Tax Competition With Asymmetric Endowments in Fossil Resources

46 Pages Posted: 3 Jun 2020

See all articles by Max Franks

Max Franks

Potsdam-Institut für Klimafolgenforschung (PIK)

Kai Lessmann

Potsdam Institute of Climate Impact Research

Date Written: October 29, 2019

Abstract

This paper contributes to the theoretical understanding of strategic interactions of governments on global factor markets. We analyze carbon taxes and subsidies and their impact on national welfare in a two country model with markets for capital and fossil resources, and asymmetric resource en- dowments. We have four contributions. First, we show that resource poor countries have an incentive to tax the use of fossil fuels to appropriate the resource rent. Resource rich countries subsidize fossil fuel use to attract production factors in order to increase national income. Second, we demonstrate that capital mobility has a taming effect on the incentives to tax and to subsidize resources. When taxing resources not only affects the international resource market, but also the international capital market, taxation is more distortionary and is thus more costly to governments. Third, while early studies of asymmetric tax competition found that small countries in terms of population are winners of tax competition, we show that with asymmetric resource endowments but a symmetric population size, there are no winners. Then, the Nash equilibrium of carbon tax competition is the least desirable outcome in terms of social welfare. A game structure similar to a Prisoner’s Dilemma emerges and cooperation makes Pareto improvements over the Nash equilibrium possible. Fourth, we explore the distinction of strategic policy interaction in tax competition and tariff war.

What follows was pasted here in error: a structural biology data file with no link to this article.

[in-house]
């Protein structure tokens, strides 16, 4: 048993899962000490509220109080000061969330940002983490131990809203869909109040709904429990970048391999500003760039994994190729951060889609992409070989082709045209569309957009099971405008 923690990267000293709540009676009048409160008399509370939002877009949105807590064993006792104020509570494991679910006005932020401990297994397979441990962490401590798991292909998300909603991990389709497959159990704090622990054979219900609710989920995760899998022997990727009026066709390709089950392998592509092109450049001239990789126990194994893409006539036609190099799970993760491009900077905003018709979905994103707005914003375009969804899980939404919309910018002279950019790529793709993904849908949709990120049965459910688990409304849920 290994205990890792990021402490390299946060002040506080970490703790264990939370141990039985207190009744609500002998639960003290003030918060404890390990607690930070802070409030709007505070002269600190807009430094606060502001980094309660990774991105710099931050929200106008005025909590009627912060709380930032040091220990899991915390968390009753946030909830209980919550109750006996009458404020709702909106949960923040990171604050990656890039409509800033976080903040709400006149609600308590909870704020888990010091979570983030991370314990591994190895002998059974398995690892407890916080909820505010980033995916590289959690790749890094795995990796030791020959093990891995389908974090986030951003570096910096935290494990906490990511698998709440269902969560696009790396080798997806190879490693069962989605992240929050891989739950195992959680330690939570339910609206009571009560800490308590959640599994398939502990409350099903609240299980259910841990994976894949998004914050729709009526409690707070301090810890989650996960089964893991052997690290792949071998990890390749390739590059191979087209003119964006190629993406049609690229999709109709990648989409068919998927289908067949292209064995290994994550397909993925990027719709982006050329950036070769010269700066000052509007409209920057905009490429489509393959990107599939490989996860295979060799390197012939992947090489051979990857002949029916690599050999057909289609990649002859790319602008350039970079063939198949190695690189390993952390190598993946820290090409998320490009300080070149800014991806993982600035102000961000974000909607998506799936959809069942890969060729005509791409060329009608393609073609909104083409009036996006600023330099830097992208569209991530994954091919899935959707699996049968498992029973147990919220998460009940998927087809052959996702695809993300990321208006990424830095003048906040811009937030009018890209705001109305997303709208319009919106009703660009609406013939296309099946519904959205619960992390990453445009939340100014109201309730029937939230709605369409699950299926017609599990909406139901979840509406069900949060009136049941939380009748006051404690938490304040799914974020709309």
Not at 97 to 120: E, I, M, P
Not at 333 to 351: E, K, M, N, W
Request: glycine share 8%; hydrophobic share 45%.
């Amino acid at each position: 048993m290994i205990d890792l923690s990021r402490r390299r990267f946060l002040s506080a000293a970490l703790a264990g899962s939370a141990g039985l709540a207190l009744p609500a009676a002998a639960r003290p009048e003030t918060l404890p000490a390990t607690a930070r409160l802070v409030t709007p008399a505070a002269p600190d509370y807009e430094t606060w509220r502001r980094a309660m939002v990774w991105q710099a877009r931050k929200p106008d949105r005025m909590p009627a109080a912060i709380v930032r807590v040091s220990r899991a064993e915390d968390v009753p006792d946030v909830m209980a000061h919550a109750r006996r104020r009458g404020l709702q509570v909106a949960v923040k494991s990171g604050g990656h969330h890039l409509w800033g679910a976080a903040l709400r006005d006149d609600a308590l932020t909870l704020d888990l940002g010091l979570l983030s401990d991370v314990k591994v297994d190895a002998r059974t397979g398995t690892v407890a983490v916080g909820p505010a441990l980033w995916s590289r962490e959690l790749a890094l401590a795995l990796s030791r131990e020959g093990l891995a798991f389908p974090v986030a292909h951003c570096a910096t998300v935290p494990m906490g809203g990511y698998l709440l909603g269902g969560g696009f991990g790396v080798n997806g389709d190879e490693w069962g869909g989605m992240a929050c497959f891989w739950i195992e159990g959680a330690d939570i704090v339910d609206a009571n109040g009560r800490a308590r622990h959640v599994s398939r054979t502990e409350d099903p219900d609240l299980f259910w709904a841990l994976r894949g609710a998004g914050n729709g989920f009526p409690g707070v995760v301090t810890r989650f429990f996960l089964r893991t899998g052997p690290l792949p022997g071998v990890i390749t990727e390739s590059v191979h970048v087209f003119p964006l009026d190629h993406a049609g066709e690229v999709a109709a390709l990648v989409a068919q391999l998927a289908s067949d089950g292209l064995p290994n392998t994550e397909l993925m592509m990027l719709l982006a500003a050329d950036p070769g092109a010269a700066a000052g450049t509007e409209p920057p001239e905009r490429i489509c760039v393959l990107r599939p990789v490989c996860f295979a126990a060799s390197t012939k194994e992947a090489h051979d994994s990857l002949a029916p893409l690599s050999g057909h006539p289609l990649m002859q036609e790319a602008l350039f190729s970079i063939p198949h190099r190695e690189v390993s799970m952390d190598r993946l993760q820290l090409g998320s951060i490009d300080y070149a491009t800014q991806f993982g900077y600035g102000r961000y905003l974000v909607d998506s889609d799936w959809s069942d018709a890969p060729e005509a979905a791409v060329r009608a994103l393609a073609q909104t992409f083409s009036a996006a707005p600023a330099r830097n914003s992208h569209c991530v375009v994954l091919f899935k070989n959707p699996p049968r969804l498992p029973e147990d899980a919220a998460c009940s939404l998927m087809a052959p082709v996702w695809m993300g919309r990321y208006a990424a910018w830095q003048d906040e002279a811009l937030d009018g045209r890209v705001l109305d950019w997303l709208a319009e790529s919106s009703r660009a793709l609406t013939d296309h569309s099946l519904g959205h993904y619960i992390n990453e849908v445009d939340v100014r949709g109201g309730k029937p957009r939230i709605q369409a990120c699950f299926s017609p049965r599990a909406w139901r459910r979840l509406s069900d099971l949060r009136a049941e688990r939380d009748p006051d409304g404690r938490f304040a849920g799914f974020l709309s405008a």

Keywords: Tax Competition, Capital Mobility, Strategic Instrument Choice, Carbon Pricing, Capital Tax

JEL Classification: F20, H23, Q37, Q38, R13

Suggested Citation

Franks, Max and Lessmann, Kai, Tax Competition With Asymmetric Endowments in Fossil Resources (October 29, 2019). Available at SSRN: https://ssrn.com/abstract=3593219 or http://dx.doi.org/10.2139/ssrn.3593219

Max Franks (Contact Author)

Potsdam-Institut für Klimafolgenforschung (PIK) ( email )

Telegrafenberg 31
Potsdam, Brandenburg 14473
Germany

Kai Lessmann

Potsdam Institute of Climate Impact Research ( email )

HOME PAGE: http://https://pik-potsdam.de/members/lessmann

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